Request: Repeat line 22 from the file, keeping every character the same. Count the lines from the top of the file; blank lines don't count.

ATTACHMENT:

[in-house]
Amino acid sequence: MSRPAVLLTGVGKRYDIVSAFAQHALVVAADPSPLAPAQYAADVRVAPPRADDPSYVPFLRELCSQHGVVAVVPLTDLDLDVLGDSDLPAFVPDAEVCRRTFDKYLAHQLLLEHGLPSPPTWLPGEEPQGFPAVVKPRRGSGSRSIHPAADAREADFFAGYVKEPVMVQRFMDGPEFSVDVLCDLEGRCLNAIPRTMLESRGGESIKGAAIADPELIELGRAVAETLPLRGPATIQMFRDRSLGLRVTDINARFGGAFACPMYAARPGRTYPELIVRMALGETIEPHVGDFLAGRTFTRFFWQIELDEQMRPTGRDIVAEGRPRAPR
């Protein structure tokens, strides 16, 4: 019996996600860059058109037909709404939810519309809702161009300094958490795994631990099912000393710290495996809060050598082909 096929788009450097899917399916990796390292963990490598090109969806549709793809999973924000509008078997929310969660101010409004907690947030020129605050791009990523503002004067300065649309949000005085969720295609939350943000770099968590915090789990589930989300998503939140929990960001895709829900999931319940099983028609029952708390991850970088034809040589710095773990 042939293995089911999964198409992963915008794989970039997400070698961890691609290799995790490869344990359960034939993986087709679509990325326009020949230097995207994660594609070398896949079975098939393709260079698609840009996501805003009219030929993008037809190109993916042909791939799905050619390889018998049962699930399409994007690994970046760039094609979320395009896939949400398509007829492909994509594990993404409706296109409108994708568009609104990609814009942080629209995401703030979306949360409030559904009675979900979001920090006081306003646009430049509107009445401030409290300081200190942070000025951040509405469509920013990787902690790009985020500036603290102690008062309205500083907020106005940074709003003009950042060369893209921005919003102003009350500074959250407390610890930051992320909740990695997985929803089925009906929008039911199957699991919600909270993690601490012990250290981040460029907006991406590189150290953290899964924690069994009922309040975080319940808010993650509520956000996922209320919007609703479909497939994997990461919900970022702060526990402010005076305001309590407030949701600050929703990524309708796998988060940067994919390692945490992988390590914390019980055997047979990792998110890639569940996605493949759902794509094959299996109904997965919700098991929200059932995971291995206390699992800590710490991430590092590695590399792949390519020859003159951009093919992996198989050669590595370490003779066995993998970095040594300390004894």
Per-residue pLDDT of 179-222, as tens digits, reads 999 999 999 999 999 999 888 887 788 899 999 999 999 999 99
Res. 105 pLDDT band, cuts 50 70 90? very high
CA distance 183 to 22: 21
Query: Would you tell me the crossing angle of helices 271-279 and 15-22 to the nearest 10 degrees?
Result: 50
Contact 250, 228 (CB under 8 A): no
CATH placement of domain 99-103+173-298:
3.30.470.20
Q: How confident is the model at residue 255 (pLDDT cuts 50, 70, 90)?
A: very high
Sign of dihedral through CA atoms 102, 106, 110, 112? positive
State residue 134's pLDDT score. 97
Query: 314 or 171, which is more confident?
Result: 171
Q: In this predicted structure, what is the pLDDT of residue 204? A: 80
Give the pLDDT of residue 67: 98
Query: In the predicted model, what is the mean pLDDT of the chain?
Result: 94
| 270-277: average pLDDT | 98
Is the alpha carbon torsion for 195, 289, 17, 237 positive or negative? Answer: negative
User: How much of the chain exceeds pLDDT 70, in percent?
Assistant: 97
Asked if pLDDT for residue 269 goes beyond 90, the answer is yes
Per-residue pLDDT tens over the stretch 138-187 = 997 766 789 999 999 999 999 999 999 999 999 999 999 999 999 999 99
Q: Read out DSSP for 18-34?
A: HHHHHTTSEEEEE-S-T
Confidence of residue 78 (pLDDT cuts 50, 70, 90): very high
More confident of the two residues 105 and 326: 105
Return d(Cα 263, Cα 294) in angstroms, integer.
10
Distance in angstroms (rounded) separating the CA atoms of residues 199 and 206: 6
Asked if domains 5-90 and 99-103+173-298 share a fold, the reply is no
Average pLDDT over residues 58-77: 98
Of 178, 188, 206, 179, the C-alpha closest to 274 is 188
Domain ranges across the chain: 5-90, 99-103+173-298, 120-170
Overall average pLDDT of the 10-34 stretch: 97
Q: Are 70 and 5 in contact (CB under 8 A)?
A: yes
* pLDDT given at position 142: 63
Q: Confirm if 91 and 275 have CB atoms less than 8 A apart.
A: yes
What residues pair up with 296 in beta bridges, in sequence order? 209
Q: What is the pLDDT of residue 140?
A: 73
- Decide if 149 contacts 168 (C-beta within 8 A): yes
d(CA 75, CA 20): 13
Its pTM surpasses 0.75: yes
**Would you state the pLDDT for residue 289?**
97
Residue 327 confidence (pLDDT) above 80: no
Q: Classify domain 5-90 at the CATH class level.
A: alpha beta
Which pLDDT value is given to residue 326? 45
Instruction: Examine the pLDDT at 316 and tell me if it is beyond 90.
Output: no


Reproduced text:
| 270-277: average pLDDT | 98